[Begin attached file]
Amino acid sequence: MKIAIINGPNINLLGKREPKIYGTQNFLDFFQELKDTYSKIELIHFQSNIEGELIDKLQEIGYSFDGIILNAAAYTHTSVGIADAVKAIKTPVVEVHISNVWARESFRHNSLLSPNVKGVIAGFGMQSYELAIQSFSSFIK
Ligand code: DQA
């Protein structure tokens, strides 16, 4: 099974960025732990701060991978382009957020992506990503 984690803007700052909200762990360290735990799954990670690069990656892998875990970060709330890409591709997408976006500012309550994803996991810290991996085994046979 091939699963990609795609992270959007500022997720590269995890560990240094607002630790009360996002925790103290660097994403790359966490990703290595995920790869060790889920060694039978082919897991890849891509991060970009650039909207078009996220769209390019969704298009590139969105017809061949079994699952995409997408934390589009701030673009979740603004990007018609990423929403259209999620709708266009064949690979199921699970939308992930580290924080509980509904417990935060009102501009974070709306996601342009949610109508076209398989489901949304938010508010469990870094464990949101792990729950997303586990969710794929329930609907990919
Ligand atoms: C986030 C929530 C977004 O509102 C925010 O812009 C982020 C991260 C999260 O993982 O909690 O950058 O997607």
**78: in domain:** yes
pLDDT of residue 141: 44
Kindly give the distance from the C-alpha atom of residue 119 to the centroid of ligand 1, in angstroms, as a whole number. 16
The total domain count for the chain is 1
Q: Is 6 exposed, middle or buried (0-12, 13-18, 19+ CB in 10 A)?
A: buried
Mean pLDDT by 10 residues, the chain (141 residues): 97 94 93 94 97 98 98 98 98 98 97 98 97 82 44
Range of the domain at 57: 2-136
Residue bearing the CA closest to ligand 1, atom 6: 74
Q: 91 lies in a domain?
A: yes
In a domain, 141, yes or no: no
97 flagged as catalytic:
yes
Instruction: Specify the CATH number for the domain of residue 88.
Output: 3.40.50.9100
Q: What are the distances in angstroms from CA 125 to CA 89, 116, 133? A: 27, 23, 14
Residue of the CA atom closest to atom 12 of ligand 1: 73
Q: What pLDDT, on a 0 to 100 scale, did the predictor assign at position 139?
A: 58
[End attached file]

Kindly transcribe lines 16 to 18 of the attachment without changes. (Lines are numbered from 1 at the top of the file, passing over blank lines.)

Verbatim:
In a domain, 141, yes or no: no
97 flagged as catalytic:
yes